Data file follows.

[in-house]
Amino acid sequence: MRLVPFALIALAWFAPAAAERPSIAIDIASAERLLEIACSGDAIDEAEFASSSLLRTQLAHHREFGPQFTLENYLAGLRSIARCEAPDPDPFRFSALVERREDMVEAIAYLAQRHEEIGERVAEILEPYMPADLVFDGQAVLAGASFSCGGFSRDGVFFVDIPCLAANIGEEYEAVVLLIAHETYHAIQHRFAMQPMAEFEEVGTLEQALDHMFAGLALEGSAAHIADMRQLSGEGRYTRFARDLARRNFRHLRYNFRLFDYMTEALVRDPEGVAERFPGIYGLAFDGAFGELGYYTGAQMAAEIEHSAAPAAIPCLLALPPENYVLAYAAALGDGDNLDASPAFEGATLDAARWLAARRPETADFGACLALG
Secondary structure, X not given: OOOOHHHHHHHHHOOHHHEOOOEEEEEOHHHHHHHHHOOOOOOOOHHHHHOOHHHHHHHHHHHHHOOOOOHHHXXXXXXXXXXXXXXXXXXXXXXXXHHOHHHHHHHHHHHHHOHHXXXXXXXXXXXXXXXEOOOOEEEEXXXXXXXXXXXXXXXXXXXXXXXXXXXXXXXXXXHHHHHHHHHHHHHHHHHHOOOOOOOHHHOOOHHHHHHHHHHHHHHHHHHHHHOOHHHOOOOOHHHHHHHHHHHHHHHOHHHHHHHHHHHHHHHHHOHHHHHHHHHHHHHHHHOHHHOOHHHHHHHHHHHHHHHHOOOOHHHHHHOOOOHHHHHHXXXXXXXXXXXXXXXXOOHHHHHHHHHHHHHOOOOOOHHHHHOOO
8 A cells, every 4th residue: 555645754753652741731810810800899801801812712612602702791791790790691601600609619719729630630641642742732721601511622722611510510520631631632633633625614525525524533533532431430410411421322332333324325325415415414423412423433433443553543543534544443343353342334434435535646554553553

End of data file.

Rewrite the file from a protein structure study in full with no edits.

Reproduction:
[in-house]
Amino acid sequence: MRLVPFALIALAWFAPAAAERPSIAIDIASAERLLEIACSGDAIDEAEFASSSLLRTQLAHHREFGPQFTLENYLAGLRSIARCEAPDPDPFRFSALVERREDMVEAIAYLAQRHEEIGERVAEILEPYMPADLVFDGQAVLAGASFSCGGFSRDGVFFVDIPCLAANIGEEYEAVVLLIAHETYHAIQHRFAMQPMAEFEEVGTLEQALDHMFAGLALEGSAAHIADMRQLSGEGRYTRFARDLARRNFRHLRYNFRLFDYMTEALVRDPEGVAERFPGIYGLAFDGAFGELGYYTGAQMAAEIEHSAAPAAIPCLLALPPENYVLAYAAALGDGDNLDASPAFEGATLDAARWLAARRPETADFGACLALG
Secondary structure, X not given: OOOOHHHHHHHHHOOHHHEOOOEEEEEOHHHHHHHHHOOOOOOOOHHHHHOOHHHHHHHHHHHHHOOOOOHHHXXXXXXXXXXXXXXXXXXXXXXXXHHOHHHHHHHHHHHHHOHHXXXXXXXXXXXXXXXEOOOOEEEEXXXXXXXXXXXXXXXXXXXXXXXXXXXXXXXXXXHHHHHHHHHHHHHHHHHHOOOOOOOHHHOOOHHHHHHHHHHHHHHHHHHHHHOOHHHOOOOOHHHHHHHHHHHHHHHOHHHHHHHHHHHHHHHHHOHHHHHHHHHHHHHHHHOHHHOOHHHHHHHHHHHHHHHHOOOOHHHHHHOOOOHHHHHHXXXXXXXXXXXXXXXXOOHHHHHHHHHHHHHOOOOOOHHHHHOOO
8 A cells, every 4th residue: 555645754753652741731810810800899801801812712612602702791791790790691601600609619719729630630641642742732721601511622722611510510520631631632633633625614525525524533533532431430410411421322332333324325325415415414423412423433433443553543543534544443343353342334434435535646554553553